Law of Defamation (Ontario)

It is important to know and understand the law of defamation for the purposes of “social media”.

Defamation consists of two parts:

1) libel, and

2) slander.

One is verbal the other is written. An action in defamation does not require proof of actual damages. Substantial Judgments have been awarded without such proof.

A full and complete defence is, of course, the truth.

The intention of the person posting something of a derogatory nature on social media, like Facebook, Linkedin or Twitter is to cause some degree of havoc in a person’s business.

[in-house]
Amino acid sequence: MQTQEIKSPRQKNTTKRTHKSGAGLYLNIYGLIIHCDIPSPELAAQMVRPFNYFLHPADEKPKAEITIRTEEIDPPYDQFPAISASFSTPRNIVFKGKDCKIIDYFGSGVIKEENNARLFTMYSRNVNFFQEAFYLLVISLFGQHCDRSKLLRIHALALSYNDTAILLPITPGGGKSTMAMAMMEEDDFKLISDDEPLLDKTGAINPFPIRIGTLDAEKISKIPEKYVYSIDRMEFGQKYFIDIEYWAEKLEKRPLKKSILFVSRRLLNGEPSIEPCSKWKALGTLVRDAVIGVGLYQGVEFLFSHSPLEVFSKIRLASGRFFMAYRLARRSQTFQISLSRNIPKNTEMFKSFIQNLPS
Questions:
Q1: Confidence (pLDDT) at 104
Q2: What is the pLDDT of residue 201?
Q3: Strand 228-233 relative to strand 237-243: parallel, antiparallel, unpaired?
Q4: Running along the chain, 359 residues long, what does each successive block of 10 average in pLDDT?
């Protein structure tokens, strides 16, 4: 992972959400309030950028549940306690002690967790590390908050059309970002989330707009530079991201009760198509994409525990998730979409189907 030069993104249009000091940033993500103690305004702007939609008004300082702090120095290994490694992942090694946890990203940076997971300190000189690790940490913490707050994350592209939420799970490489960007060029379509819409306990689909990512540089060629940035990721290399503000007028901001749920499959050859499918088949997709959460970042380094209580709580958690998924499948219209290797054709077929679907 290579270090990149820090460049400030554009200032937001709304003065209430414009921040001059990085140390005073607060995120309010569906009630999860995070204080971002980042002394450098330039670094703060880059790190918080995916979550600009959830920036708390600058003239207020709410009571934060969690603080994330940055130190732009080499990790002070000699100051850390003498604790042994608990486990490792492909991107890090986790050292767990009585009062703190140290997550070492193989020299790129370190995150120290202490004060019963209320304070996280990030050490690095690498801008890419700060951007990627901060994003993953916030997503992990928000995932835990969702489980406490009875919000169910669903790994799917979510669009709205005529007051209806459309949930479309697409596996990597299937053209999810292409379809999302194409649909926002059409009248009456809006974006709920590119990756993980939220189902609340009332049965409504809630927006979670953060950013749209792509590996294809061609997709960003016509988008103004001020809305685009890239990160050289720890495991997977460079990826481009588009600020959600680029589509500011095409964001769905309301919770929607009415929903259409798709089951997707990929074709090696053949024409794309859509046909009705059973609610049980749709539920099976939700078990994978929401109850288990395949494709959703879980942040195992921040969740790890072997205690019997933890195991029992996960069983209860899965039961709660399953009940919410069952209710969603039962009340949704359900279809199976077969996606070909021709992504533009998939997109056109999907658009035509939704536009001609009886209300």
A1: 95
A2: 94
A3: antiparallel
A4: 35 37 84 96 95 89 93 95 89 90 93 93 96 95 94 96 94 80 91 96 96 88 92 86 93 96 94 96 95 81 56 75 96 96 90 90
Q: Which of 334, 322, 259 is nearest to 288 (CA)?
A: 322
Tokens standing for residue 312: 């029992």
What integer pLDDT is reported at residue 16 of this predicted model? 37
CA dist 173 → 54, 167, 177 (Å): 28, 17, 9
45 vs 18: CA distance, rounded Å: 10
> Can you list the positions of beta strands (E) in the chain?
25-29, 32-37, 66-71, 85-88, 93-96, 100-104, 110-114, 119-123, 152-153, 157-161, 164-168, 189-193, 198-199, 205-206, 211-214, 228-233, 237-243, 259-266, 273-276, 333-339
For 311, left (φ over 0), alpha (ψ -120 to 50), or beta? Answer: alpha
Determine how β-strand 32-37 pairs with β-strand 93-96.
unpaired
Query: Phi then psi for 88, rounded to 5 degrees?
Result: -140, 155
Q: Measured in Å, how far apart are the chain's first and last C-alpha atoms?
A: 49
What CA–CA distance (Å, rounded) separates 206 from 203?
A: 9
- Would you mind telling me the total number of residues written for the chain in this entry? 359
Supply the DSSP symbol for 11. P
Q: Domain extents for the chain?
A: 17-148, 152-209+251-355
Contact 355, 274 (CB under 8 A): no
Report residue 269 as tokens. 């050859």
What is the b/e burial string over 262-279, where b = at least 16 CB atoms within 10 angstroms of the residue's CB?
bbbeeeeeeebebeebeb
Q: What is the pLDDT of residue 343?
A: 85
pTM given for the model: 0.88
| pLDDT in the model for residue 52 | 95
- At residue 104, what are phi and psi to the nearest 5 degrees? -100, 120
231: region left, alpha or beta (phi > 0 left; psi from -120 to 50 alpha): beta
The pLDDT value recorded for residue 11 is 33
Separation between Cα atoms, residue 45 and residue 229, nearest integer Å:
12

In many cases, the less said the better, but not so with “defamation”. The poster should also provide the facts, so that readers, friends and followers will have the “full story”. Without such, the allegation is simply defamatory. With the full facts, the public can draw their own conclusions. That’s protected freedom of speech.

The truth is a defence. So, provided that the facts can indeed be proven, then there is no defamation. Sure, it’s not good, but the individual cannot be successful in a lawsuit. On the other hand, if there are no facts provided, or the facts alleged are untrue, then the person or business who is the subject matter of the post can sue.

Best to be safe. Be careful, and always tell the truth!

Brian Madigan LL.B., Broker

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